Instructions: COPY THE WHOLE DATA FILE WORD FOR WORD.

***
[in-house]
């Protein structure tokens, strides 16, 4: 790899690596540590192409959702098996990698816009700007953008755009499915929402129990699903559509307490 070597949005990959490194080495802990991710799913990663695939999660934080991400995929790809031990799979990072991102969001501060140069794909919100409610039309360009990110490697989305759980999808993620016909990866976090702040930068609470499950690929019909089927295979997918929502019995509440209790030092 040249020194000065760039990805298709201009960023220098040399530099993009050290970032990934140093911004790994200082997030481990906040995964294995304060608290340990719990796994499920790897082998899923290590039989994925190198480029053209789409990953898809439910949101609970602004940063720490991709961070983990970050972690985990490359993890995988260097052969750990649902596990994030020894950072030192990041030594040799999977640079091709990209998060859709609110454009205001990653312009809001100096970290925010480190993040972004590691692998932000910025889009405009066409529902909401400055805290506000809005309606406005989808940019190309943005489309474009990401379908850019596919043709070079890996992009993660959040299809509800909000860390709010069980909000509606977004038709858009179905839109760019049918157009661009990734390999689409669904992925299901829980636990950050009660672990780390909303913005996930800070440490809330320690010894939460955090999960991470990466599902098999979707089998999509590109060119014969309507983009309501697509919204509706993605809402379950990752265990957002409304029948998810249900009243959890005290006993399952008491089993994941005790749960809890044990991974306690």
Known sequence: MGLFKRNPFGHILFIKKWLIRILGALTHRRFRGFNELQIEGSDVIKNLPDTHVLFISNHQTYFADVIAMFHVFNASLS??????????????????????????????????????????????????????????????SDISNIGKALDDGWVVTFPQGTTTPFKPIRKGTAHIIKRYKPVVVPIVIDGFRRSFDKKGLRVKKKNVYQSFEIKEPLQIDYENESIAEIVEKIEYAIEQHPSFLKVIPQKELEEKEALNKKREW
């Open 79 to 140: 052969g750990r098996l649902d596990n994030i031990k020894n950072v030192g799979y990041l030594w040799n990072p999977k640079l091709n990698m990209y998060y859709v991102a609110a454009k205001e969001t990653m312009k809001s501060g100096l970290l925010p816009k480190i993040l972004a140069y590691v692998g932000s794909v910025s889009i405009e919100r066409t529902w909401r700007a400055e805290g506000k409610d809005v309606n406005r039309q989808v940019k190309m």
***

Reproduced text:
[in-house]
């Protein structure tokens, strides 16, 4: 790899690596540590192409959702098996990698816009700007953008755009499915929402129990699903559509307490 070597949005990959490194080495802990991710799913990663695939999660934080991400995929790809031990799979990072991102969001501060140069794909919100409610039309360009990110490697989305759980999808993620016909990866976090702040930068609470499950690929019909089927295979997918929502019995509440209790030092 040249020194000065760039990805298709201009960023220098040399530099993009050290970032990934140093911004790994200082997030481990906040995964294995304060608290340990719990796994499920790897082998899923290590039989994925190198480029053209789409990953898809439910949101609970602004940063720490991709961070983990970050972690985990490359993890995988260097052969750990649902596990994030020894950072030192990041030594040799999977640079091709990209998060859709609110454009205001990653312009809001100096970290925010480190993040972004590691692998932000910025889009405009066409529902909401400055805290506000809005309606406005989808940019190309943005489309474009990401379908850019596919043709070079890996992009993660959040299809509800909000860390709010069980909000509606977004038709858009179905839109760019049918157009661009990734390999689409669904992925299901829980636990950050009660672990780390909303913005996930800070440490809330320690010894939460955090999960991470990466599902098999979707089998999509590109060119014969309507983009309501697509919204509706993605809402379950990752265990957002409304029948998810249900009243959890005290006993399952008491089993994941005790749960809890044990991974306690």
Known sequence: MGLFKRNPFGHILFIKKWLIRILGALTHRRFRGFNELQIEGSDVIKNLPDTHVLFISNHQTYFADVIAMFHVFNASLS??????????????????????????????????????????????????????????????SDISNIGKALDDGWVVTFPQGTTTPFKPIRKGTAHIIKRYKPVVVPIVIDGFRRSFDKKGLRVKKKNVYQSFEIKEPLQIDYENESIAEIVEKIEYAIEQHPSFLKVIPQKELEEKEALNKKREW
């Open 79 to 140: 052969g750990r098996l649902d596990n994030i031990k020894n950072v030192g799979y990041l030594w040799n990072p999977k640079l091709n990698m990209y998060y859709v991102a609110a454009k205001e969001t990653m312009k809001s501060g100096l970290l925010p816009k480190i993040l972004a140069y590691v692998g932000s794909v910025s889009i405009e919100r066409t529902w909401r700007a400055e805290g506000k409610d809005v309606n406005r039309q989808v940019k190309m």